The US electric car maker, Tesla CEO Mr. Elon Musk has reassured that Tesla’s robotaxis would soon be a reality in a tweet and has spoken extensively about the latest self-driving technology developed and used by his electric car company.
In October 2020, the beta version of the full self-drive (FSD) was launched. Only a small number of beta testers were given access to the revised FSD V9.
The tweet posted that Tesla would be able to pull off robotaxis with 90 percent certainty. Extensive testing revealed that there were no major flaws.
Mr. Musk said that the technology should be clear to anyone who has experienced the FSD beta evolution. Moreover, the billionaire entrepreneur emphasized the “insanely hard challenge” of getting real-world artificial intelligence (AI) right, something he had previously discussed. “Self-driving cars demand solving a large part of real-world AI, so it’s a huge challenge, but Tesla is up to the task.”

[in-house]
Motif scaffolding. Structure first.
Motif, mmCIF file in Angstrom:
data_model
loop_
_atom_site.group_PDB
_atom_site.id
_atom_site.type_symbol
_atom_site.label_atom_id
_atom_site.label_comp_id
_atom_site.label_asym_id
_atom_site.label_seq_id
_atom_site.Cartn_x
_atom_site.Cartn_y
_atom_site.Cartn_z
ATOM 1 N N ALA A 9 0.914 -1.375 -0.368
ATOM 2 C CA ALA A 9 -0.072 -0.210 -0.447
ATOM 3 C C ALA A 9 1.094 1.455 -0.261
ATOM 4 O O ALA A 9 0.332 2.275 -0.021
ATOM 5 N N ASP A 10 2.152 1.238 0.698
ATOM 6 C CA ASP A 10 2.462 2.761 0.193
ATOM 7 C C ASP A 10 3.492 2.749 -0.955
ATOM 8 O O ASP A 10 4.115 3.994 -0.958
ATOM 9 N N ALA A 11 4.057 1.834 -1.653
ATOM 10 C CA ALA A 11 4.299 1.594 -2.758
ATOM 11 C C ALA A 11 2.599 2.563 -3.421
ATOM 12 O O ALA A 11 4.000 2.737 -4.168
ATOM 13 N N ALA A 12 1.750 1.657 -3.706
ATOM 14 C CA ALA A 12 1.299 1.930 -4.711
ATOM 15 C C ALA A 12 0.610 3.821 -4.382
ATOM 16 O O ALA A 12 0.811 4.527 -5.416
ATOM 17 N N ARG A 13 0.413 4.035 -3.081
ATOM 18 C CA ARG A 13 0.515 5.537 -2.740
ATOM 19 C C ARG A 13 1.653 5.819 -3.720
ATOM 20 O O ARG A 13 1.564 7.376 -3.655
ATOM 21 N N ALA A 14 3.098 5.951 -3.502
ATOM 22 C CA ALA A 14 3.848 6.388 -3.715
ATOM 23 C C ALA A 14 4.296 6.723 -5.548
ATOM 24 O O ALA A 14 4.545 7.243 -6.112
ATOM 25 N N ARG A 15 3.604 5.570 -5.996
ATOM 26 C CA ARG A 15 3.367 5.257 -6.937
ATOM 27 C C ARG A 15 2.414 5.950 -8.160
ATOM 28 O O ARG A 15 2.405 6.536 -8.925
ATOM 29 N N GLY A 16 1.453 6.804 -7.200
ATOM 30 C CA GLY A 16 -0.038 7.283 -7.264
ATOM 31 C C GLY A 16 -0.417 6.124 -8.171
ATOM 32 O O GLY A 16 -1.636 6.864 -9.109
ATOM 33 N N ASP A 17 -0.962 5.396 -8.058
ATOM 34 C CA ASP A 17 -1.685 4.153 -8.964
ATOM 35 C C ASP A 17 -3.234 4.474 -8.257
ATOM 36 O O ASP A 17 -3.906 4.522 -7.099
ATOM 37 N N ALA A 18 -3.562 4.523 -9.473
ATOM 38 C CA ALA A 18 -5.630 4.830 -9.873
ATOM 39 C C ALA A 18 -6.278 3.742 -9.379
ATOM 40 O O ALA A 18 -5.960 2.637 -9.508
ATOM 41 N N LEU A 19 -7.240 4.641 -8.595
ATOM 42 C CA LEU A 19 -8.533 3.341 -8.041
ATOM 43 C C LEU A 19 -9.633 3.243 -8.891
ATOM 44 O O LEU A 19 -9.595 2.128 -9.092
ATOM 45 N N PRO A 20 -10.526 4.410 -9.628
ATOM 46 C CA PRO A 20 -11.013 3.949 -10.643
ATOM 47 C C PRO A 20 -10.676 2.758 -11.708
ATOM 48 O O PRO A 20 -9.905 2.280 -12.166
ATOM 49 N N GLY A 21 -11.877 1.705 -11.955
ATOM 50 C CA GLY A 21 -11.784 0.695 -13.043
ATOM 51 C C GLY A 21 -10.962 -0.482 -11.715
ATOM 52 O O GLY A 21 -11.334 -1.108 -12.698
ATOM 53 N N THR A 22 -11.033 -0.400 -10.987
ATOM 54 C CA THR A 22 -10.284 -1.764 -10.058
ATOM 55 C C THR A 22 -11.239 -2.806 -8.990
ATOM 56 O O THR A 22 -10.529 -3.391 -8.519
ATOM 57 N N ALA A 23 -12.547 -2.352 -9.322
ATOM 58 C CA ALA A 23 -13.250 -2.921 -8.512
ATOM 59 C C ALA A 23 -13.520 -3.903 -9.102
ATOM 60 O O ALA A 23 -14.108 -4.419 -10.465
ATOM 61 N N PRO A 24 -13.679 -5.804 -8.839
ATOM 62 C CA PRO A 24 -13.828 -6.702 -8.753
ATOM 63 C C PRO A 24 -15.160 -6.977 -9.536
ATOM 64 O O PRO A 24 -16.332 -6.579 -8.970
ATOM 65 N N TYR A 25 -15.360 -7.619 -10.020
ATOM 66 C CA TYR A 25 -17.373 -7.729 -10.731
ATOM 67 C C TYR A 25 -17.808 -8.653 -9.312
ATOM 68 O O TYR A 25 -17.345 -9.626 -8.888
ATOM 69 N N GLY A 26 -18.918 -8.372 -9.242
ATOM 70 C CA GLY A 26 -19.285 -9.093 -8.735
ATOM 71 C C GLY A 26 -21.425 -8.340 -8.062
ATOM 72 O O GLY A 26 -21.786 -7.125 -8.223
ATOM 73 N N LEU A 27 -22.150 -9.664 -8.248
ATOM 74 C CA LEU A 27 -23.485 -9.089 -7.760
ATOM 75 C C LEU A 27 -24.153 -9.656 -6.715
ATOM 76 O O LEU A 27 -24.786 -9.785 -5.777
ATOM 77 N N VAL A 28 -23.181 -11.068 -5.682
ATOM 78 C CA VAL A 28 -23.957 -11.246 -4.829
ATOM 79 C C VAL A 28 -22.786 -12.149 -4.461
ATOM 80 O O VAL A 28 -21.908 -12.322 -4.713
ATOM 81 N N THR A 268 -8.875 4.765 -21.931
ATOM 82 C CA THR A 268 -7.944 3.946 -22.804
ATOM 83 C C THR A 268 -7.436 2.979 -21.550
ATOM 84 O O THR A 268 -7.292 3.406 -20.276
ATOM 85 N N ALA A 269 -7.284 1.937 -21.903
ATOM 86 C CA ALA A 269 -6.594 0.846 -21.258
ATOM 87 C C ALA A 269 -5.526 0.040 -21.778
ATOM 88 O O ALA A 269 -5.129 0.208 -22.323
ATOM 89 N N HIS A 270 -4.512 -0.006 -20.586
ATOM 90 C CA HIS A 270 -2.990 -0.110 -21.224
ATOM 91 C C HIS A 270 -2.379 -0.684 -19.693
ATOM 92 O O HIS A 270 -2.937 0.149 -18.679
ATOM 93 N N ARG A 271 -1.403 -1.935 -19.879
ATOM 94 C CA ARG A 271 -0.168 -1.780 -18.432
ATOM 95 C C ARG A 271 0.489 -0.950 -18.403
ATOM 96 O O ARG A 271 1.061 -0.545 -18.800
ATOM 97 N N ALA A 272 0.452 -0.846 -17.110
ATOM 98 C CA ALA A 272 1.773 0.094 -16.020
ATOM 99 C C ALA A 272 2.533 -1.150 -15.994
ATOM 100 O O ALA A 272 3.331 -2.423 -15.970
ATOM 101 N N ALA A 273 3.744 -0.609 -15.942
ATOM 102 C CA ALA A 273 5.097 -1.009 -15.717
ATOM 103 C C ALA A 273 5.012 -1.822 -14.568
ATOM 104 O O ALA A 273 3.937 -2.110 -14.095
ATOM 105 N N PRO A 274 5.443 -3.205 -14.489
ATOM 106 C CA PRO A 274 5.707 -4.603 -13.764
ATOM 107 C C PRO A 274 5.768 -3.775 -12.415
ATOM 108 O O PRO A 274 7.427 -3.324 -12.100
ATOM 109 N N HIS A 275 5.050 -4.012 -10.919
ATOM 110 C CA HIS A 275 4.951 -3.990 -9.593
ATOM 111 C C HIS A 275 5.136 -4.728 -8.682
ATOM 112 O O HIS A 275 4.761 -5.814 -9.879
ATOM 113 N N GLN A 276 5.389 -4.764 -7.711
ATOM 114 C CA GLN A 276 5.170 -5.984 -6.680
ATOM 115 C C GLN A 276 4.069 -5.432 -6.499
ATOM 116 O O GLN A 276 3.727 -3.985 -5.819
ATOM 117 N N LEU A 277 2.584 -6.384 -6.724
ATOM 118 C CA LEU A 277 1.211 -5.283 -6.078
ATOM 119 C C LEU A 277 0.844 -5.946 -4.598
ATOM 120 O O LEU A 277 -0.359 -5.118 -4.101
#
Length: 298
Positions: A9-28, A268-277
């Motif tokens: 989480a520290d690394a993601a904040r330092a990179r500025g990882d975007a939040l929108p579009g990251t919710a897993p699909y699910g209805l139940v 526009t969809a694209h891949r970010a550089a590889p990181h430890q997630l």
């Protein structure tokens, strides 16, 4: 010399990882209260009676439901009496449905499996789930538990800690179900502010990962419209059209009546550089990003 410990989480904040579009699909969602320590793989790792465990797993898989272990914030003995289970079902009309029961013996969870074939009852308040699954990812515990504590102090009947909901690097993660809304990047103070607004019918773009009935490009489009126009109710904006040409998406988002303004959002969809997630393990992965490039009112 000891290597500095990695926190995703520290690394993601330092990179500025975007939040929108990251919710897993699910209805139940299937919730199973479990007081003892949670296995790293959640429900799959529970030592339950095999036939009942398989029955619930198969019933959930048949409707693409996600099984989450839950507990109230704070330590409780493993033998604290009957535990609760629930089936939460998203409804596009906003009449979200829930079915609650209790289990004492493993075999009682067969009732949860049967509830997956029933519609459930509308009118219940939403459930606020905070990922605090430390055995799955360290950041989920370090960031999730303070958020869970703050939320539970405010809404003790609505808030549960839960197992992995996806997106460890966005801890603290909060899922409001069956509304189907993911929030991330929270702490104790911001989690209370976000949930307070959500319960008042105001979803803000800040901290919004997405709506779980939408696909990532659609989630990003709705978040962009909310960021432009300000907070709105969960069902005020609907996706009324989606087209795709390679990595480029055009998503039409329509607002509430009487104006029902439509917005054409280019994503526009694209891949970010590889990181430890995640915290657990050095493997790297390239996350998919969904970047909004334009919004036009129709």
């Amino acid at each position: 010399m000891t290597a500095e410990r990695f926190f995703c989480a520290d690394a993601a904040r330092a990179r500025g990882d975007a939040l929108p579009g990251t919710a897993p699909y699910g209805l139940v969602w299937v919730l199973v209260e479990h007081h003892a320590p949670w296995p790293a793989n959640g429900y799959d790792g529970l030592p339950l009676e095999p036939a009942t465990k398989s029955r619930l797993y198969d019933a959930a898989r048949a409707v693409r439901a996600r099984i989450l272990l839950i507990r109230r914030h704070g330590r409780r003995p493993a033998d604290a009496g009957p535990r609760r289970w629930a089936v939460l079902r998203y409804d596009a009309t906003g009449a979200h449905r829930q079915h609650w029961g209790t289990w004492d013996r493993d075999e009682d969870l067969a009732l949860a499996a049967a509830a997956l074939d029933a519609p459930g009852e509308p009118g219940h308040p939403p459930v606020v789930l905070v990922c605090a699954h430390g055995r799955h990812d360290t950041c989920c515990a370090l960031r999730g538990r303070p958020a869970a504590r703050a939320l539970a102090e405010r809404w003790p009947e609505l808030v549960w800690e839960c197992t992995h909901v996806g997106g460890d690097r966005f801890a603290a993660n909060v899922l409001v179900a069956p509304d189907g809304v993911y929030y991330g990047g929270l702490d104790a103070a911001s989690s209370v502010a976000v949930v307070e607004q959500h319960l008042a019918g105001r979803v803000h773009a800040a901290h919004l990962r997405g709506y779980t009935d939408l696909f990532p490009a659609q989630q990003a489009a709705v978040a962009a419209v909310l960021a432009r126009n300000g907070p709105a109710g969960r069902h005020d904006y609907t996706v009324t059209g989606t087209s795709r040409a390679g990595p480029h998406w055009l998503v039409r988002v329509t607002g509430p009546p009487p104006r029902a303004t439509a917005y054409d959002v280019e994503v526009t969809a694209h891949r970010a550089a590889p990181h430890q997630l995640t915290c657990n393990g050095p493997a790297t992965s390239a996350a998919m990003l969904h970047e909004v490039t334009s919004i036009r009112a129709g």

According to sources, the FSD v9 Beta technology would include Tesla Vision, Tesla’s revolutionary computer vision system that relies solely on cameras and excludes radar sensor signals.
Tesla is more willing than its competitors to test beta versions of its Autopilot driver-assistance technology on customers in order to collect data and smooth out any flaws. And most Tesla customers are happy with that, often flooding Musk’s social media accounts with requests to be white-listed for the current version of Full Self-Driving.
This has helped contributed to Tesla’s public reputation as a leader in autonomous driving, despite its vehicles continuously falling short of what most experts would agree defines a self-driving car.
Mr. Musk isn’t the only one who has realized that self-driving cars are difficult. Almost the whole industry predicted that self-driving vehicles would be real roads by now, only to subsequently admit that they underestimated how difficult it was to get automobiles to drive themselves safely and reliably.
Related: Tesla rival Lucid Motors marks Nasdaq debut; Stock jumps 11%